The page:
Schmitt continued, “We’re looking at turning the fire along the Don Victor Jeepway. If we can hold this line and move the fire north we may be able to avoid burning out the Mono and Agua Caliente drainages. We’ll know in the next two or three days if we were successful.

By Ray Ford

DC-10 lays down a long strip of retardant fire fighters hope will buy enough time to build containment lines along the fire’s edge. This slope threatens to carry the fire down into Pie Canyon.

We’ll use every opportunity to go direct where we can, one foot in the black, one foot on the road. But we need to cool the fire down — and air attack will help us accomplish that.”

Just moments before the conference began, Schmitt announced the DC-10 had made its first drop along the Jeepway and they were hopeful the road could be held. “We’re always playing a game of ‘what ifs,’” he said. “Once we started turning the fire we started asking ourselves, what if we can hold this Jeepway? It would avoid having to burn out quite a bit of territory, possibly as much as 60,000 acres.”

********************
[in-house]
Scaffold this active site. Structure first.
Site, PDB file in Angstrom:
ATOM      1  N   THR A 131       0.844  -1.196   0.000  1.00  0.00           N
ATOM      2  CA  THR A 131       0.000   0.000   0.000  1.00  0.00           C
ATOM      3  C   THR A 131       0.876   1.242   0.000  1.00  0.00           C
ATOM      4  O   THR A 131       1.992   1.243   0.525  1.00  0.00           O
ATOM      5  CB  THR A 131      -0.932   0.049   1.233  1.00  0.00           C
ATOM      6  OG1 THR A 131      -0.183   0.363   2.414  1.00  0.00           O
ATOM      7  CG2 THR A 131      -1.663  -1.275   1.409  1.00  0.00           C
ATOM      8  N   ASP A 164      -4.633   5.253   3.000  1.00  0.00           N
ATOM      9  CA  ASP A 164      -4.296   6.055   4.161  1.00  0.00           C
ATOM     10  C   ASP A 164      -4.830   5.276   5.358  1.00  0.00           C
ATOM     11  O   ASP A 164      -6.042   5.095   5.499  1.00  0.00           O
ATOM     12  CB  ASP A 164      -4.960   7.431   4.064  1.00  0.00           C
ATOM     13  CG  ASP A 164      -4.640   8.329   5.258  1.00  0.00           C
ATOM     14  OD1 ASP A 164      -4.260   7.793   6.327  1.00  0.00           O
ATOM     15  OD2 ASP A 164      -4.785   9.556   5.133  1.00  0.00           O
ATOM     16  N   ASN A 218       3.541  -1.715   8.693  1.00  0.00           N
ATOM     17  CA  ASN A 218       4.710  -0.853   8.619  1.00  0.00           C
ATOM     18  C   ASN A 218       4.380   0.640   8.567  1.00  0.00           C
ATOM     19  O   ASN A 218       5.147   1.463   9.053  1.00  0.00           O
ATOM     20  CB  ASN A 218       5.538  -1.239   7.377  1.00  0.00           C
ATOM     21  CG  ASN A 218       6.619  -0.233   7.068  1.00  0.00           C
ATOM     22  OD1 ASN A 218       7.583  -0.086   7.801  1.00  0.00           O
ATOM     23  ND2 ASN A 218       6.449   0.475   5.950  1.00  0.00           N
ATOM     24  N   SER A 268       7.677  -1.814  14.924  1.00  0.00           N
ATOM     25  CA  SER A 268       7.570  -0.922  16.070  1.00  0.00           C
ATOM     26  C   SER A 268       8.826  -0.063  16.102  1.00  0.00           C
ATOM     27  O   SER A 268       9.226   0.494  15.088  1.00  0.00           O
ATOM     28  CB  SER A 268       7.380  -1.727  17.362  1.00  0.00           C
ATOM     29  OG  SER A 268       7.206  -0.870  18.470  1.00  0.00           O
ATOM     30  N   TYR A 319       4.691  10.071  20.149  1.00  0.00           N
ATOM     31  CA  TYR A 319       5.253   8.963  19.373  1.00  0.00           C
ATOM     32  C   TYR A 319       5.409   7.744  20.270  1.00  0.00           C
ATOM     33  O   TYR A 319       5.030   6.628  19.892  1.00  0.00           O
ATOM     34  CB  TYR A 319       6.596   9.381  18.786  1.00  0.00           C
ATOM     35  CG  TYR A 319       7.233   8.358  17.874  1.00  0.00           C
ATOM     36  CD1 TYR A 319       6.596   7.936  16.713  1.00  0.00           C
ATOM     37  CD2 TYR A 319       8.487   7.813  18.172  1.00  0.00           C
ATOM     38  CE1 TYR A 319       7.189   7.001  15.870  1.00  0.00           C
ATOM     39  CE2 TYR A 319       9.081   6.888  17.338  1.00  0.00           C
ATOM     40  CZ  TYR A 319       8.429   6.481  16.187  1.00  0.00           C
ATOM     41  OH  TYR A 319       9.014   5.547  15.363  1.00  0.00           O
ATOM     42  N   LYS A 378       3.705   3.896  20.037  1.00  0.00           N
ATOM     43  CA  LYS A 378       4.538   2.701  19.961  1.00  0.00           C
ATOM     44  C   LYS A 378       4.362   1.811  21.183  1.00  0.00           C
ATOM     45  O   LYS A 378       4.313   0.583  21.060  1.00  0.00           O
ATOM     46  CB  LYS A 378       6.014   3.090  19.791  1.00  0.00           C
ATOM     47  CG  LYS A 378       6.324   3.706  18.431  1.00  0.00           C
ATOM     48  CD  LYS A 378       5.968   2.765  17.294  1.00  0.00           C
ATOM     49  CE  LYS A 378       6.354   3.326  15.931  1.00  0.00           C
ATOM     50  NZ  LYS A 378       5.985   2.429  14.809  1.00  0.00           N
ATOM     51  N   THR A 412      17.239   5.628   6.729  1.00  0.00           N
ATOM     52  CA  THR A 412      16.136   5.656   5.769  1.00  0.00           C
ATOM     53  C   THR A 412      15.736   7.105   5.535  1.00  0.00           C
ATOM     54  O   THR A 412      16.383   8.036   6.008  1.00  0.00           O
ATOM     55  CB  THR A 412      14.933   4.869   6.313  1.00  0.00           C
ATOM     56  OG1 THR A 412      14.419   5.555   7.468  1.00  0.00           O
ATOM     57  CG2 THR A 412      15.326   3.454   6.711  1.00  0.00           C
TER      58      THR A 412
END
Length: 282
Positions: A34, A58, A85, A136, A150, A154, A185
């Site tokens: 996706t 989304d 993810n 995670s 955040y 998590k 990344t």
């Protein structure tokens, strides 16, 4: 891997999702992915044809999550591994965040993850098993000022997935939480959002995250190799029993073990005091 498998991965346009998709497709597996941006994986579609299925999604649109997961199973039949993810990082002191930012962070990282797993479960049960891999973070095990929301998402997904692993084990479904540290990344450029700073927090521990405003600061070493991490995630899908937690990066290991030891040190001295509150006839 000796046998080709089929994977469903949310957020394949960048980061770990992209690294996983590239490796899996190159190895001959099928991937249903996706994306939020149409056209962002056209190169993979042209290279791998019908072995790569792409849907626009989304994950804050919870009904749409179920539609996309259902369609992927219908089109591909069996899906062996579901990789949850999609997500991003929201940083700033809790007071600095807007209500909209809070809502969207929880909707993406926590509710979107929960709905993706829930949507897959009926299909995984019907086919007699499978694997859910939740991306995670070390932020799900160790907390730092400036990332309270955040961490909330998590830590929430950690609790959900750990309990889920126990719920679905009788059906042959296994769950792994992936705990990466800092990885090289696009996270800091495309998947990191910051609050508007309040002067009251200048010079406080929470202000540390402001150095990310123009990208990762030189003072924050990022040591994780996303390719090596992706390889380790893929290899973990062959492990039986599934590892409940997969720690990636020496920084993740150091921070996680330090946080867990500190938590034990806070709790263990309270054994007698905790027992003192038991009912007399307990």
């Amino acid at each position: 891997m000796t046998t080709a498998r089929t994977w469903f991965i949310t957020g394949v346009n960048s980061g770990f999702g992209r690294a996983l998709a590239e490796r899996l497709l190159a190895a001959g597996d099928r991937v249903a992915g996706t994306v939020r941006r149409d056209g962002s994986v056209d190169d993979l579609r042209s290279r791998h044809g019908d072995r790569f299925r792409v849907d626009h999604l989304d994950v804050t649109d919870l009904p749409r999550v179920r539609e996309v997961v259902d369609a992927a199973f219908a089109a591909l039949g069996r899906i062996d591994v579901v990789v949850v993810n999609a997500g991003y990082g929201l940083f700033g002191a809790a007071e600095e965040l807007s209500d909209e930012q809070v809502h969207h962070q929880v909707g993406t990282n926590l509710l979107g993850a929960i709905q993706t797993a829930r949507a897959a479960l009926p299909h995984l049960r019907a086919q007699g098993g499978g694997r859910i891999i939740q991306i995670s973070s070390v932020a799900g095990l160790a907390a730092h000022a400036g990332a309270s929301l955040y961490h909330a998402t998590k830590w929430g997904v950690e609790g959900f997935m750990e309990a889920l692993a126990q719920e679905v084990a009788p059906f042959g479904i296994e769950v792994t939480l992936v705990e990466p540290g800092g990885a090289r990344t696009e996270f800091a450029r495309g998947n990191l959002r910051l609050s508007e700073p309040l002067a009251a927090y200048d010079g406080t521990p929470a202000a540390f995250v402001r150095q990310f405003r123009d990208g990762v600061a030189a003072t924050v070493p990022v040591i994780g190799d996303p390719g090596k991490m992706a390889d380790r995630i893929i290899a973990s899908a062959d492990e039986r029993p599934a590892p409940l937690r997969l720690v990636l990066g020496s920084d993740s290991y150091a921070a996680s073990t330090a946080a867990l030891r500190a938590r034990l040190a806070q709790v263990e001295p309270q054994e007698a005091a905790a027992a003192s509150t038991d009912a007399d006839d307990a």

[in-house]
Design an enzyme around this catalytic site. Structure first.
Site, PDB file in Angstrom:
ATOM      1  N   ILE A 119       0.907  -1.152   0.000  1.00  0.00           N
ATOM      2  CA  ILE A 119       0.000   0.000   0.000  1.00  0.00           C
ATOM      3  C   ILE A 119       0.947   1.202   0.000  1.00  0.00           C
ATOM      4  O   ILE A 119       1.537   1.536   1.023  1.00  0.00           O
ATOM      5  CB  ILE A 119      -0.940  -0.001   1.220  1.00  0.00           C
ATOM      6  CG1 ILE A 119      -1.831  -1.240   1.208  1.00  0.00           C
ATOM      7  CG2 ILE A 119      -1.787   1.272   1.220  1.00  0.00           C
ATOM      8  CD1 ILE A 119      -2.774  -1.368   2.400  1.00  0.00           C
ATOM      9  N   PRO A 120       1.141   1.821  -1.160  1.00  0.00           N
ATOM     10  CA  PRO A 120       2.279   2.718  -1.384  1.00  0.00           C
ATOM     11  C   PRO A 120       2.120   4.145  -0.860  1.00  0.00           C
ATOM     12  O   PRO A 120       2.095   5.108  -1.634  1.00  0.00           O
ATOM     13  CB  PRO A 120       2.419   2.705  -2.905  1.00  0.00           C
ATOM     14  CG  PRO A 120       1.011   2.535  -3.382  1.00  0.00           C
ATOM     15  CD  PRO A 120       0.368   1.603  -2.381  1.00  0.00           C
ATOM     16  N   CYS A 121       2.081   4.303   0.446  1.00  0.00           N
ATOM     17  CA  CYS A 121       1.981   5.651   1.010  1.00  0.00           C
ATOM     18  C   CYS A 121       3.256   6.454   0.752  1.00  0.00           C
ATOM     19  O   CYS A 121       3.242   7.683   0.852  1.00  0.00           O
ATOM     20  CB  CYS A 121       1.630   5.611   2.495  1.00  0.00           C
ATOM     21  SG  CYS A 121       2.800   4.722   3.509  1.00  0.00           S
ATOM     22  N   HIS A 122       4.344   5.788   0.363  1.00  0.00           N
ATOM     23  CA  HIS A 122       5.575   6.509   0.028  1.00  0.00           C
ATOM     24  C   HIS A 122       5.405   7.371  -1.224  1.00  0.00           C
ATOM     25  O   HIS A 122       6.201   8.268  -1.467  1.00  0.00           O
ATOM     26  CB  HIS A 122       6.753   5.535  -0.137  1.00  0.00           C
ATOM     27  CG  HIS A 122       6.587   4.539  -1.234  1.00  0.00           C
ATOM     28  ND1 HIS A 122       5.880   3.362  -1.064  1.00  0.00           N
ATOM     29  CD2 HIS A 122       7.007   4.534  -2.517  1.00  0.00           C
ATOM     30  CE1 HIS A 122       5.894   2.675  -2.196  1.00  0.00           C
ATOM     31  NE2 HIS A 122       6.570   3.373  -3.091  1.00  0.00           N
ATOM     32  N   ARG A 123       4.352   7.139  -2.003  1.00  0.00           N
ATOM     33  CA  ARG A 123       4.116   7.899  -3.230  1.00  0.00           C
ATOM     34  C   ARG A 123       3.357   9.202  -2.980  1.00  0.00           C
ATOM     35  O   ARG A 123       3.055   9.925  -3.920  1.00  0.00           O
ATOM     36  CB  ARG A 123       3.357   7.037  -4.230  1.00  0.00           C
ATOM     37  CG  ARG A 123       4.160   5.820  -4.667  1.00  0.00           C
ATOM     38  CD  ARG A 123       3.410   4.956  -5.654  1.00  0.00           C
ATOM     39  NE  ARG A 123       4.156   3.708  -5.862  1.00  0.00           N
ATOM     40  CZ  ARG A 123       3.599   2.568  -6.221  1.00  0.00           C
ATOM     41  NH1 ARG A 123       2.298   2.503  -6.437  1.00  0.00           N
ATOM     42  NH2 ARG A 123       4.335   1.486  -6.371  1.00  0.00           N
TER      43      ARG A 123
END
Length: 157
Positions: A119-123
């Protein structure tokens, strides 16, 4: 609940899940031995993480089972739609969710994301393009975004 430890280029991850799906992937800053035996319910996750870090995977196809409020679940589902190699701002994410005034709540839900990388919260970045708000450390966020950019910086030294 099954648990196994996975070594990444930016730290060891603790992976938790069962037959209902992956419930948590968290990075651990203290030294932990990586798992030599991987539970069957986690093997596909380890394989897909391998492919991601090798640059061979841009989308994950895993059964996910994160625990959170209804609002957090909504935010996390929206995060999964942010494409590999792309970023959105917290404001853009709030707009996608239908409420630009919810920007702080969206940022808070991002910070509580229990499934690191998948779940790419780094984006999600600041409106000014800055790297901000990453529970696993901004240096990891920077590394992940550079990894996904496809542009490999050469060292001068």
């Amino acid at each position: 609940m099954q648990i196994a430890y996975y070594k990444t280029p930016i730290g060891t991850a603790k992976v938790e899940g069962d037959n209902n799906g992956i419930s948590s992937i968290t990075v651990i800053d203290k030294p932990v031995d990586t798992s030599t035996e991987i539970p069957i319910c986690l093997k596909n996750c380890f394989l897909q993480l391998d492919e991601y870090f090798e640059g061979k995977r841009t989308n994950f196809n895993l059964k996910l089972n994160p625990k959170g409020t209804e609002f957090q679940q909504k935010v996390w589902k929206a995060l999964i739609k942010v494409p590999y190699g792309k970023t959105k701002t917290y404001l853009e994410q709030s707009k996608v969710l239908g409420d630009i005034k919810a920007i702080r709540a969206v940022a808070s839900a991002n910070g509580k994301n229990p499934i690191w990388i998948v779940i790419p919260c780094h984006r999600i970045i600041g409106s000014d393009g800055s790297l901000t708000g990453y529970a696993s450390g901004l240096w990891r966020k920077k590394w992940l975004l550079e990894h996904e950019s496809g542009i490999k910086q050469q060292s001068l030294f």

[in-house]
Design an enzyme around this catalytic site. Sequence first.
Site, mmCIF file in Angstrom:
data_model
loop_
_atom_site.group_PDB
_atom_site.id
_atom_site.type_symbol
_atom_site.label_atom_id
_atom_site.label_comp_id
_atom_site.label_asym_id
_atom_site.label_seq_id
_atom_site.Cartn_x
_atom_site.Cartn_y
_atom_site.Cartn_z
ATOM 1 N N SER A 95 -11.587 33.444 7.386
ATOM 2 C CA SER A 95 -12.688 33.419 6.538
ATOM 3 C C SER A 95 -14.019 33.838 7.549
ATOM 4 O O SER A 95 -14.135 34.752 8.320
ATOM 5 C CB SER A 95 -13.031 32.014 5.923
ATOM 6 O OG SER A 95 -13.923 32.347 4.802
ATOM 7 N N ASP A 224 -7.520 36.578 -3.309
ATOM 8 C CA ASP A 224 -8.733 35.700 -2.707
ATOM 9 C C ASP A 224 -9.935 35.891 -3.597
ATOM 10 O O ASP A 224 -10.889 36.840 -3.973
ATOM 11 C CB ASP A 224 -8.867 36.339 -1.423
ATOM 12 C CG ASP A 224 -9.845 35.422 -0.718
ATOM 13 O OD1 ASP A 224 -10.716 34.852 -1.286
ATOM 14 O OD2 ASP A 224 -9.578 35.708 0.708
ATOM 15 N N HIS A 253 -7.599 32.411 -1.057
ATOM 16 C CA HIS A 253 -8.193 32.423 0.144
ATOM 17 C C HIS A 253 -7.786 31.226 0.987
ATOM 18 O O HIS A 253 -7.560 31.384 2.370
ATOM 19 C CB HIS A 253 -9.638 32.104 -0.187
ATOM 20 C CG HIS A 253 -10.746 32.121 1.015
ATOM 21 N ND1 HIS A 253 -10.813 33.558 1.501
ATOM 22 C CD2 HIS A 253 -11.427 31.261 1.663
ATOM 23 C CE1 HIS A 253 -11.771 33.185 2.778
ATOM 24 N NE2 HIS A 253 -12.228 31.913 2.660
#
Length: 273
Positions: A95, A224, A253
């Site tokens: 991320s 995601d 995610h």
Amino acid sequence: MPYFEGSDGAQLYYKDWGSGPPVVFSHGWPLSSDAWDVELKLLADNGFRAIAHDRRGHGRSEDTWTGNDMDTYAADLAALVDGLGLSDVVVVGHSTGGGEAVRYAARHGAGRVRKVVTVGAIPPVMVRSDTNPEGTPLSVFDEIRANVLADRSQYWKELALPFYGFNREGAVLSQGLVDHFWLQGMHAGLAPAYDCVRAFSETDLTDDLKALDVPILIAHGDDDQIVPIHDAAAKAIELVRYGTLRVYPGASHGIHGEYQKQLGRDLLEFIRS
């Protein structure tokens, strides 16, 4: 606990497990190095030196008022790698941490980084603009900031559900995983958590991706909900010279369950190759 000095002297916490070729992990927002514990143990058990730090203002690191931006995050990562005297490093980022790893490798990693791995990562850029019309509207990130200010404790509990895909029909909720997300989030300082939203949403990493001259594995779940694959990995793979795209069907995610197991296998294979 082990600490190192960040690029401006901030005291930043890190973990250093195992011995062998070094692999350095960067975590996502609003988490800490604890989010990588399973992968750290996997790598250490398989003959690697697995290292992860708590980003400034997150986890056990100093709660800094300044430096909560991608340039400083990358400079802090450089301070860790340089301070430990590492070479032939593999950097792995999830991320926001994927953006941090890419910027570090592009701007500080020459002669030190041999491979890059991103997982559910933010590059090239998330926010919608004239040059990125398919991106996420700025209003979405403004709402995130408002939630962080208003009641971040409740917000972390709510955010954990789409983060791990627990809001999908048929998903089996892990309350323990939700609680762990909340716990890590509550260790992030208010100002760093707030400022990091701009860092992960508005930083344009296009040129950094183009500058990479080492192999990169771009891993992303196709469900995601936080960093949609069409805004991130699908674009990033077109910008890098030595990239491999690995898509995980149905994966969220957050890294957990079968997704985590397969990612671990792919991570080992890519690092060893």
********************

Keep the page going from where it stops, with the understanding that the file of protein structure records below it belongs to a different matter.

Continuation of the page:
One of the reasons we could take this opportunity,” Bill Molumby, the other Incident Commander for the Live Oak Team added, “is that we had the plans in place and had done the work needed to establish our primary containment. This made us comfortable that we had the fall back lines in place if things didn’t work out.”

One benefit of this turn of events is that the Paradise Evacuation order was lifted late Sunday and residents will be allowed to return home.

By Ray Ford

Air attack drops retardant near intersection of Indian and Buckhorn canyons to slow the fire’s downstream progress. The upper canyon in view is almost all burned out. Behind this in the Narrows area there was a massive firestorm in progress.

Upper Sisquoc To Be Cordoned Off
Yesterday, the Richardson area commander, Mike Dietrich, received Federal permission to use a dozer in the San Rafael Wilderness down a long ridge near Salisbury Potero. “We’re allowed run the dozer 2.1 miles down the Sweetwater Trail, no more than 1 1/2 blades wide,” Dietrich explained. From there we’re using hand crews to continue the line down to the Sisquoc near the South Fork and from there up to White Ledge Camp.